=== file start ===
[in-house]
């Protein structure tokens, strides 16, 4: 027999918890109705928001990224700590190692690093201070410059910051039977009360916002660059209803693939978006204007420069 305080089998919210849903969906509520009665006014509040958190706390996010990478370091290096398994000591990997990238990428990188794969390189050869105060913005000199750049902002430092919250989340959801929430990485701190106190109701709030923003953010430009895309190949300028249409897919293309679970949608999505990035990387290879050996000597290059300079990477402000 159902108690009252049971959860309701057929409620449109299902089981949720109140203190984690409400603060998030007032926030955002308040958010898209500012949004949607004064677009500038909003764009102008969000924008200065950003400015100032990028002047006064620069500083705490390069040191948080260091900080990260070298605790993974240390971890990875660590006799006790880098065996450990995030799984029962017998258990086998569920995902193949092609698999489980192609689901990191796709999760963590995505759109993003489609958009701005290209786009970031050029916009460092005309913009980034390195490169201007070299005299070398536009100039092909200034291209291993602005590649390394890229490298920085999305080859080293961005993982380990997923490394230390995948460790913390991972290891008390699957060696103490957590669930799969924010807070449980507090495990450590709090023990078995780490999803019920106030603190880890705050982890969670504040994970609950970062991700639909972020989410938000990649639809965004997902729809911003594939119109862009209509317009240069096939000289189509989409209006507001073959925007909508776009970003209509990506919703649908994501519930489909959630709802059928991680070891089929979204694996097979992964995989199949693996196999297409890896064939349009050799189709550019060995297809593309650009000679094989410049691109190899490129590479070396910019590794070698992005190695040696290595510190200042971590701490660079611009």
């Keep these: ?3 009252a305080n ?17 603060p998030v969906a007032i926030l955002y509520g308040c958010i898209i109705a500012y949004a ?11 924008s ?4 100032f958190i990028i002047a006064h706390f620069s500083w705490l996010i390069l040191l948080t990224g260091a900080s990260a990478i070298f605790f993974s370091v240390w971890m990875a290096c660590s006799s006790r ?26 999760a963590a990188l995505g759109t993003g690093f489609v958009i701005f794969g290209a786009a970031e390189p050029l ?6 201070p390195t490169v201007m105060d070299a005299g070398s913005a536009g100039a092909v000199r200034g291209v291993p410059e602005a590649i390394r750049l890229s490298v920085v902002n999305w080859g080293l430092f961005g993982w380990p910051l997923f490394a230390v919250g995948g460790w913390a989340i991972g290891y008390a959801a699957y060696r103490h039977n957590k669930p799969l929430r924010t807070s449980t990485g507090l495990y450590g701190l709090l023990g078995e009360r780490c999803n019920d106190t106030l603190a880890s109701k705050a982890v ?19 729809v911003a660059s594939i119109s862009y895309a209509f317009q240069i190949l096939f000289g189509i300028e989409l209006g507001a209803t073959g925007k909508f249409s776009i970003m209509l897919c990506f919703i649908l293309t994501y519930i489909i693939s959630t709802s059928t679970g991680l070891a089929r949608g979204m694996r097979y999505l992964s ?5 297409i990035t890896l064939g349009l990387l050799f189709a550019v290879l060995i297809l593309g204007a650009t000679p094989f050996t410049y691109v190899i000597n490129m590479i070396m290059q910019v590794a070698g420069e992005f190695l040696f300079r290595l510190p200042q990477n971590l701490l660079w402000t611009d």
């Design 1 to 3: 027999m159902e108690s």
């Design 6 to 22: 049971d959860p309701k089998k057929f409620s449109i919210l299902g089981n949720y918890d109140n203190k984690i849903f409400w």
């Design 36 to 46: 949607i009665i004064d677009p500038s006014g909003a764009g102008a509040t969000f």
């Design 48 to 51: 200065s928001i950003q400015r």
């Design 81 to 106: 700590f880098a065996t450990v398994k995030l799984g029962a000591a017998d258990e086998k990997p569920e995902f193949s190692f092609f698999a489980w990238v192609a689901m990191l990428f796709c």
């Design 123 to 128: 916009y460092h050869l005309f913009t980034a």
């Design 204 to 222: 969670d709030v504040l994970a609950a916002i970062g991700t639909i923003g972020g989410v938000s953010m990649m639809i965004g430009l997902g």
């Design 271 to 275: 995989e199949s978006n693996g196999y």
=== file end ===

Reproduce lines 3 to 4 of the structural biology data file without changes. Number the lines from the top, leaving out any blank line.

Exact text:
């Keep these: ?3 009252a305080n ?17 603060p998030v969906a007032i926030l955002y509520g308040c958010i898209i109705a500012y949004a ?11 924008s ?4 100032f958190i990028i002047a006064h706390f620069s500083w705490l996010i390069l040191l948080t990224g260091a900080s990260a990478i070298f605790f993974s370091v240390w971890m990875a290096c660590s006799s006790r ?26 999760a963590a990188l995505g759109t993003g690093f489609v958009i701005f794969g290209a786009a970031e390189p050029l ?6 201070p390195t490169v201007m105060d070299a005299g070398s913005a536009g100039a092909v000199r200034g291209v291993p410059e602005a590649i390394r750049l890229s490298v920085v902002n999305w080859g080293l430092f961005g993982w380990p910051l997923f490394a230390v919250g995948g460790w913390a989340i991972g290891y008390a959801a699957y060696r103490h039977n957590k669930p799969l929430r924010t807070s449980t990485g507090l495990y450590g701190l709090l023990g078995e009360r780490c999803n019920d106190t106030l603190a880890s109701k705050a982890v ?19 729809v911003a660059s594939i119109s862009y895309a209509f317009q240069i190949l096939f000289g189509i300028e989409l209006g507001a209803t073959g925007k909508f249409s776009i970003m209509l897919c990506f919703i649908l293309t994501y519930i489909i693939s959630t709802s059928t679970g991680l070891a089929r949608g979204m694996r097979y999505l992964s ?5 297409i990035t890896l064939g349009l990387l050799f189709a550019v290879l060995i297809l593309g204007a650009t000679p094989f050996t410049y691109v190899i000597n490129m590479i070396m290059q910019v590794a070698g420069e992005f190695l040696f300079r290595l510190p200042q990477n971590l701490l660079w402000t611009d």
């Design 1 to 3: 027999m159902e108690s």